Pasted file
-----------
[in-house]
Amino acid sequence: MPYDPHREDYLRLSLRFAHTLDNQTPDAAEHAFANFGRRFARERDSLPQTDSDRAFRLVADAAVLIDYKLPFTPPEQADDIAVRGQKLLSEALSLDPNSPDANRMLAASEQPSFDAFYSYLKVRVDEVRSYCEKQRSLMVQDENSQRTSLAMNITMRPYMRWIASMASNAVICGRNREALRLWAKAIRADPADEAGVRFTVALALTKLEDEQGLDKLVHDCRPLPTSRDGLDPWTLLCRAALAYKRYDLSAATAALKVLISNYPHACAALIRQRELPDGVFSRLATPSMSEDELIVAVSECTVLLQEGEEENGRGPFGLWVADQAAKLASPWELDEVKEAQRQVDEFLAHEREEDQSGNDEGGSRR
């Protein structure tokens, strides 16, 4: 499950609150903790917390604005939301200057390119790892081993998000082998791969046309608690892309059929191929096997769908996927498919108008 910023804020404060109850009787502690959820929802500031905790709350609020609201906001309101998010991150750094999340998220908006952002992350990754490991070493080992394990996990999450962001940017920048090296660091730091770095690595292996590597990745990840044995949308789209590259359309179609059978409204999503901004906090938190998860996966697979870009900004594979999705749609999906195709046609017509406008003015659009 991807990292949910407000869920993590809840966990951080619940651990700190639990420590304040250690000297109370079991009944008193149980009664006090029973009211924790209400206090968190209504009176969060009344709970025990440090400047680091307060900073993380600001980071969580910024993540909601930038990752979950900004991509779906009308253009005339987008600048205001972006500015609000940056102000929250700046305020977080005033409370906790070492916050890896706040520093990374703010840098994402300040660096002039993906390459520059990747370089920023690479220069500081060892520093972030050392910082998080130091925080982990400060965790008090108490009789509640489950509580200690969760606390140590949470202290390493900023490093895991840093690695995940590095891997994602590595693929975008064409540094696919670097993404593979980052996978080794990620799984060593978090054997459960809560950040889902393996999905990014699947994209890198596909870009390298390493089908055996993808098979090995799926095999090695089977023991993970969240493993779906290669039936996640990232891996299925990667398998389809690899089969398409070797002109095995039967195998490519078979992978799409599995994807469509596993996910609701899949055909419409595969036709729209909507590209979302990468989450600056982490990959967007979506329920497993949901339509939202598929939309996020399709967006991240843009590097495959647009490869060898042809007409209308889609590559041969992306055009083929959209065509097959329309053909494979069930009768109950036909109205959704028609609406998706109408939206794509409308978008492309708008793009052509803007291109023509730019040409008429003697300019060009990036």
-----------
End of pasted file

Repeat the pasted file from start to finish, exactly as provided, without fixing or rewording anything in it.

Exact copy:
[in-house]
Amino acid sequence: MPYDPHREDYLRLSLRFAHTLDNQTPDAAEHAFANFGRRFARERDSLPQTDSDRAFRLVADAAVLIDYKLPFTPPEQADDIAVRGQKLLSEALSLDPNSPDANRMLAASEQPSFDAFYSYLKVRVDEVRSYCEKQRSLMVQDENSQRTSLAMNITMRPYMRWIASMASNAVICGRNREALRLWAKAIRADPADEAGVRFTVALALTKLEDEQGLDKLVHDCRPLPTSRDGLDPWTLLCRAALAYKRYDLSAATAALKVLISNYPHACAALIRQRELPDGVFSRLATPSMSEDELIVAVSECTVLLQEGEEENGRGPFGLWVADQAAKLASPWELDEVKEAQRQVDEFLAHEREEDQSGNDEGGSRR
């Protein structure tokens, strides 16, 4: 499950609150903790917390604005939301200057390119790892081993998000082998791969046309608690892309059929191929096997769908996927498919108008 910023804020404060109850009787502690959820929802500031905790709350609020609201906001309101998010991150750094999340998220908006952002992350990754490991070493080992394990996990999450962001940017920048090296660091730091770095690595292996590597990745990840044995949308789209590259359309179609059978409204999503901004906090938190998860996966697979870009900004594979999705749609999906195709046609017509406008003015659009 991807990292949910407000869920993590809840966990951080619940651990700190639990420590304040250690000297109370079991009944008193149980009664006090029973009211924790209400206090968190209504009176969060009344709970025990440090400047680091307060900073993380600001980071969580910024993540909601930038990752979950900004991509779906009308253009005339987008600048205001972006500015609000940056102000929250700046305020977080005033409370906790070492916050890896706040520093990374703010840098994402300040660096002039993906390459520059990747370089920023690479220069500081060892520093972030050392910082998080130091925080982990400060965790008090108490009789509640489950509580200690969760606390140590949470202290390493900023490093895991840093690695995940590095891997994602590595693929975008064409540094696919670097993404593979980052996978080794990620799984060593978090054997459960809560950040889902393996999905990014699947994209890198596909870009390298390493089908055996993808098979090995799926095999090695089977023991993970969240493993779906290669039936996640990232891996299925990667398998389809690899089969398409070797002109095995039967195998490519078979992978799409599995994807469509596993996910609701899949055909419409595969036709729209909507590209979302990468989450600056982490990959967007979506329920497993949901339509939202598929939309996020399709967006991240843009590097495959647009490869060898042809007409209308889609590559041969992306055009083929959209065509097959329309053909494979069930009768109950036909109205959704028609609406998706109408939206794509409308978008492309708008793009052509803007291109023509730019040409008429003697300019060009990036």